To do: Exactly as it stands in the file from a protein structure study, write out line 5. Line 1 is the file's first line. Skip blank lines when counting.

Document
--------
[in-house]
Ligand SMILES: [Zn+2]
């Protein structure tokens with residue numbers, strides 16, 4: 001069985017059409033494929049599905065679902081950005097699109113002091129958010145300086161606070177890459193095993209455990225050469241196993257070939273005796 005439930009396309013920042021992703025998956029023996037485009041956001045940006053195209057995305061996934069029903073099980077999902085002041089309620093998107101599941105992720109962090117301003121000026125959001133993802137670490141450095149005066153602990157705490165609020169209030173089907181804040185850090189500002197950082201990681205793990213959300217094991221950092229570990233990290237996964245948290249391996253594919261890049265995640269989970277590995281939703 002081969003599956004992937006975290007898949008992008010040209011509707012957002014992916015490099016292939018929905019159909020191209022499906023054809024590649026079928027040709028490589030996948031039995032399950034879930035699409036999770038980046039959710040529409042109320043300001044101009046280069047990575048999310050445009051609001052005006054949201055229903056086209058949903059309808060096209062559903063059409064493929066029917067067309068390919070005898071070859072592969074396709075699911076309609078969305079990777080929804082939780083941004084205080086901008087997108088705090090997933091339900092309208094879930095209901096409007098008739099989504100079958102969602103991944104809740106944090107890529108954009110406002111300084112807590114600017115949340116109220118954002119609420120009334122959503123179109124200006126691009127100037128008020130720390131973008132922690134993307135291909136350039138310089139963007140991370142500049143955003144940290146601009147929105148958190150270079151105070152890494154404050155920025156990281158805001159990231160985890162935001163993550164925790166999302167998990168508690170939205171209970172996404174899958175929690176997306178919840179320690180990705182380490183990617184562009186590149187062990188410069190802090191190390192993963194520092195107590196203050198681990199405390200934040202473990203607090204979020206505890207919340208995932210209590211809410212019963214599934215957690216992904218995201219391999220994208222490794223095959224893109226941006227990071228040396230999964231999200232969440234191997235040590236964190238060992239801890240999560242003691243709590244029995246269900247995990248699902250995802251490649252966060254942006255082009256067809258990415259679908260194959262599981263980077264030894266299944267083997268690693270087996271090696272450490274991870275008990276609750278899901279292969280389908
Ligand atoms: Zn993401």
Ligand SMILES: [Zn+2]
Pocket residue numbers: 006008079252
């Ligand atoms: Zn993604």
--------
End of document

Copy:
Ligand SMILES: [Zn+2]